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Last Updated: Saturday, 23 December 2006, 12:28 GMT
An army Christmas in Iraq
By Martin Bell
BBC News, Iraq

Black Watch troops wearing Christmas hats in Iraq
There are more than 7,000 British troops in southern Iraq

Thousands of British troops remain in Iraq and most of them will remain on duty over Christmas. Army padres there will be trying to give the troops some spiritual cheer over the festive period.

There is not much to be said for war.

But one thing it does is to allow the military chaplains to hold their Christmas services at the right time, with the men and women of the armed forces all around them.

At home the services would be held days or even weeks before the event, in garrison churches, before the regiments dispersed for Christmas.

By contrast the 12 chaplains - 11 from the Army and one from the Air Force - serving more than 7,000 troops in southern Iraq will be in the thick of things.

They will hold midnight Masses and carol services in every unit for those who wish to attend provided they are off duty.

For the rest, Christmas is like any other day.

Patron of lost causes

Those attacking them do not take the day off and the defenders will, if anything, be extra vigilant.

We might want to give them encouragement and help rather than pull them down
Reverend Andrew Martlew
British chaplain

Rocket and mortar attacks on British bases occur every day - three rockets fell on the Shaiba logistics base while we were with a padre visiting a sentry on a watchtower.

An artillery battery which went home on the last rotation lost four men killed out of 110: in modern soldiering, those are not light casualties.

Some of the young men, aged 18 or 19, are on their first operational duty, and even in their first foreign country.

Others have had one, two or even three previous tours of duty in Iraq.

All of them are facing six months of concentrated reality amid conditions of hardship, danger and boredom, which most of us who live in peace and comfort can hardly imagine.

Their homes are tents and their churches are portakabins.

In such conditions one of the few advantages of being an Army padre rather than a village vicar is that you can rename your church if you want to.

The Reverend Andrew Martlew, chaplain to 40 Field Regiment of the Royal Artillery, holds services in a metal hut behind blast walls 10ft high which, when he arrived, was the Church of St Paul in the Desert. It is now the Church of St Jude.

St Jude is known, among his other functions, as the patron saint of lost causes.

Fag-break visits

The chaplains are frank about it: their task is harder because the soldiers feel more isolated, and have more questions to ask, because they are serving in a cause that is either unpopular or misunderstood at home.

Prime Minister Tony Blair meets soldiers in Iraq
Tony Blair spent three hours meeting troops before Christmas

The padres also wonder, "What are we doing here and why?"

The Reverend Andrew Martlew adds: "This is quite a difficult thing to say and an even more difficult thing to think, but almost by taking the Queen's Shilling we're putting elements of our consciences into cold storage.

"In order to help the guys we might be not necessarily economical with the truth, but we might want to give them encouragement and help rather than pull them down."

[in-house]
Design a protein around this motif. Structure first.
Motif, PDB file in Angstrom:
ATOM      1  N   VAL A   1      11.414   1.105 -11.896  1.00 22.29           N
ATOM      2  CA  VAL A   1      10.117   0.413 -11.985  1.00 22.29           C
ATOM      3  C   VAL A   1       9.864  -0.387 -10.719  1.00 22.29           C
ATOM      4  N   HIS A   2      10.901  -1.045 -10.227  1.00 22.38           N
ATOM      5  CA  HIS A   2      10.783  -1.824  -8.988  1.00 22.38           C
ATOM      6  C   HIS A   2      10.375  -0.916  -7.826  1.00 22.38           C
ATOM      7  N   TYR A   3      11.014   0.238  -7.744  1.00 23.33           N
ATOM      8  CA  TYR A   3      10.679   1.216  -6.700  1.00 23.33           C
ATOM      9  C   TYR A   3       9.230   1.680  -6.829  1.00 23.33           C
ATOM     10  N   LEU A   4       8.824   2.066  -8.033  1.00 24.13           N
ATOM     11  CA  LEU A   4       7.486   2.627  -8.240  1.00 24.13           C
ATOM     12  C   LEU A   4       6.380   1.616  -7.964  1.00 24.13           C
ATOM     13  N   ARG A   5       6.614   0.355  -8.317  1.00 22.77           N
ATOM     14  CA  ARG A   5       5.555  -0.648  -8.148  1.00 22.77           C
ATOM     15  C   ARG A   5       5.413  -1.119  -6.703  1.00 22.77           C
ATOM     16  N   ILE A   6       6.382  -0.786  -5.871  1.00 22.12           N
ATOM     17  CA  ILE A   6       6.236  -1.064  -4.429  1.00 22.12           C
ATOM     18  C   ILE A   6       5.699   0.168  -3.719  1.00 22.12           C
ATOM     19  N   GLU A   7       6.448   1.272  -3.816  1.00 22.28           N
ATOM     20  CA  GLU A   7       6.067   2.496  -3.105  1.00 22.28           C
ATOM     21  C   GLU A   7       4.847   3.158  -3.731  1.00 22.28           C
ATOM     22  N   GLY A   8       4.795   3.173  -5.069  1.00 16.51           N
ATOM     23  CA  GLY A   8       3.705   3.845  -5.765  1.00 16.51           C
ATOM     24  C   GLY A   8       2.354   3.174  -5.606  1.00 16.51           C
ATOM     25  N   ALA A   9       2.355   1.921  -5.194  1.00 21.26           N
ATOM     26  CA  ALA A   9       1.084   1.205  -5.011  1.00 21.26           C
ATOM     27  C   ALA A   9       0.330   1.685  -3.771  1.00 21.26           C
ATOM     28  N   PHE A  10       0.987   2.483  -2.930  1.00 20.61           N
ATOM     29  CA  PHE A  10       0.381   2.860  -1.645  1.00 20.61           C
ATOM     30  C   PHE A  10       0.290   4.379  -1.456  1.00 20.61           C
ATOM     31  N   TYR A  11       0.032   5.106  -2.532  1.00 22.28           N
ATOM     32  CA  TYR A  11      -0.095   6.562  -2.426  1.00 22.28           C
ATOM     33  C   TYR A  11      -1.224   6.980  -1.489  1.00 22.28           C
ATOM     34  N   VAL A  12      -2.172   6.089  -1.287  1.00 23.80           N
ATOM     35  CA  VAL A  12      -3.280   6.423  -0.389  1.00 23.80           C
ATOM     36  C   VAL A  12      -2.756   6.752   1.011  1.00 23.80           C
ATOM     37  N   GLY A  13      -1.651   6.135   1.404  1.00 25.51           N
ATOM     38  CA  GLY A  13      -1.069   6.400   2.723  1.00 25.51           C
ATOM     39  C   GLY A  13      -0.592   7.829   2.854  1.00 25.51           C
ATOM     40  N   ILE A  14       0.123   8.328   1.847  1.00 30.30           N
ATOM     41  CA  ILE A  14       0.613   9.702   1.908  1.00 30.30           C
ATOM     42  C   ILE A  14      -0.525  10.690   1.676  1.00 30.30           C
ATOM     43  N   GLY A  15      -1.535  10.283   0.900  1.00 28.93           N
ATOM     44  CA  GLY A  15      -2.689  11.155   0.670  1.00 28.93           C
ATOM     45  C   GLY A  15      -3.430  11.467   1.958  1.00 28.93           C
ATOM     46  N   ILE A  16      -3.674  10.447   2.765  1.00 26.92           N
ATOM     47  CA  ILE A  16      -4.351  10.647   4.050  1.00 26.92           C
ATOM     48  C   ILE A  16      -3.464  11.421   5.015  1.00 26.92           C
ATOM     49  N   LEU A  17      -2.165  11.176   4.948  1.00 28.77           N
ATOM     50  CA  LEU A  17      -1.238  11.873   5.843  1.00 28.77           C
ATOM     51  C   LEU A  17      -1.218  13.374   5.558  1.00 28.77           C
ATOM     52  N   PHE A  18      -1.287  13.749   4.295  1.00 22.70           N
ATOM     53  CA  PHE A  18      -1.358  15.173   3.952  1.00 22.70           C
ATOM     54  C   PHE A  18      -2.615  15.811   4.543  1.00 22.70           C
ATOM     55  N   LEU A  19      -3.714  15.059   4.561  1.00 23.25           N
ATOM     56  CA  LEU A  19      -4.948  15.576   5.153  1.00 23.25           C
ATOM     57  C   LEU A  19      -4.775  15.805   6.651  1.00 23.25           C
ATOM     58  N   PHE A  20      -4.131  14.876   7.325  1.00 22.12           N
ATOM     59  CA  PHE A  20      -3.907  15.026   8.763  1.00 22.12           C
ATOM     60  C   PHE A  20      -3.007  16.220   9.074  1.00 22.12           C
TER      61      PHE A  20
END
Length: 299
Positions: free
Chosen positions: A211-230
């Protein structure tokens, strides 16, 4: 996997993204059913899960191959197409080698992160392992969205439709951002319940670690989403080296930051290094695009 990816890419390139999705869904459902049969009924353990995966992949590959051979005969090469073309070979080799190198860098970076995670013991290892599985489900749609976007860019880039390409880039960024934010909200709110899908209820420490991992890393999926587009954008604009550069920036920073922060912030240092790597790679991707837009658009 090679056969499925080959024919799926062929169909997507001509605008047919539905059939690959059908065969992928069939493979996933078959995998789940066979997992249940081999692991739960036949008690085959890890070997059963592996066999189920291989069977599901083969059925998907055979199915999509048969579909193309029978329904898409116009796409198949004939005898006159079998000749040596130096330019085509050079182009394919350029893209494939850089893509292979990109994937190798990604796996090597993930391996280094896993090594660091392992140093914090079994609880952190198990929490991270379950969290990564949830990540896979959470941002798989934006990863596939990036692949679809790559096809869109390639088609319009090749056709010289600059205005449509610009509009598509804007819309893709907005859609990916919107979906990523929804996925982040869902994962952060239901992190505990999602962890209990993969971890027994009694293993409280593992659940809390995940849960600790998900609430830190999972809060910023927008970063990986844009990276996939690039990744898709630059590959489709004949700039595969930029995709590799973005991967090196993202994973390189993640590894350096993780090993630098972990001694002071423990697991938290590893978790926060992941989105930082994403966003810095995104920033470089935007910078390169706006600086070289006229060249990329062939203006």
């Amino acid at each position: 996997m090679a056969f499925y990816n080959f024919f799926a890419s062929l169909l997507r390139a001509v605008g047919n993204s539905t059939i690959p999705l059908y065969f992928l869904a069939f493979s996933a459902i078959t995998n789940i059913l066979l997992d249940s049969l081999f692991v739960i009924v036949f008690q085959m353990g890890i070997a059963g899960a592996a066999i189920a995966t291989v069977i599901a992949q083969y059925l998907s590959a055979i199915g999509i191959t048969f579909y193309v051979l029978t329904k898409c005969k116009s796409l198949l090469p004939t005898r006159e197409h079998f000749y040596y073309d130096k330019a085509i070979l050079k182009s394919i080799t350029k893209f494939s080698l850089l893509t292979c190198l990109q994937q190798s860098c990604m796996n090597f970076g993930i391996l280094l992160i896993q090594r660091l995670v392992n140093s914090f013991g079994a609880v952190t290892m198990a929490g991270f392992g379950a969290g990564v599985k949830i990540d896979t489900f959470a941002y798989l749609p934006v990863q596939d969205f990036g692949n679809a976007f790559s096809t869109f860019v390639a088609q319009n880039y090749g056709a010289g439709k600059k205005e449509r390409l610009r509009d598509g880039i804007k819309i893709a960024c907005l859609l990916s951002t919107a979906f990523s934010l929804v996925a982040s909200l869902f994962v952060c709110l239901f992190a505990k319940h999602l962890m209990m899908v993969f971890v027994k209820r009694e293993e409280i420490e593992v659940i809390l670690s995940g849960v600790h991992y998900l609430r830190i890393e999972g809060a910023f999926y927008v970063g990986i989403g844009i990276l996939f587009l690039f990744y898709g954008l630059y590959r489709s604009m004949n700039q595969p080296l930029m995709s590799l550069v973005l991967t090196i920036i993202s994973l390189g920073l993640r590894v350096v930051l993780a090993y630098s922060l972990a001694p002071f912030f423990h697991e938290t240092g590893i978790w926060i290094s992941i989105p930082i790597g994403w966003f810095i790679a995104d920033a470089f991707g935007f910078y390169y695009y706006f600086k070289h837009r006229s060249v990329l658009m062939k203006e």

Another sign of Christmas is the seasonal migration of chiefs of staff and politicians. Like birds of passage, they fly into Basra and then out again.

As a disaffected soldier put it, they stay for the length of a fag break.

Tony Blair, on his fourth and last pre-Christmas visit, actually spent three hours with the troops.

The theatre of war - an aircraft hanger at Basra Air Station - was decorated with two Challenger tanks outside and two Warrior armoured personnel carriers, a Lynx helicopter and 300 serving men and women of all three armed forces inside.

These things are not left to chance. The prime minister's travelling party of 13, excluding bodyguards, included seven whose job was in one way or another to deal with the press.

Twenty reporters were also on the plane. That is a ratio of more than one to three of sheepdogs to sheep. On what is still a controversial conflict, presentation matters.

Getting on with it

The prime minister insisted there was no change of policy: "British troops will stay until the job is done."

Yet the soldiers themselves know that the Shaibah logistical base will be handed back to the Iraqis in the spring or early summer.

The three British bases in Basra will close. Forces will be concentrated around the airport.

The visible symbols of occupation, like tanks in the streets, will diminish to little or nothing.

The conditions will be in place to declare victory - or at least something less than defeat - and leave the field.

The troops just get on with it. They always have. They always will.

If there is a message from them this winter, it is more than one of seasonal goodwill. It is: remember we are here. We are here to stay or, better still, to go. And - please - do not take us for granted.

From Our Own Correspondent was broadcast on Saturday 23 December, 2006 at 1130 GMT on BBC Radio 4. Please check the programme schedules for World Service transmission times.

Martin Bell will be presenting a Radio 4 documentary about the role of padres in the British army, God and the Gun early in 2007.




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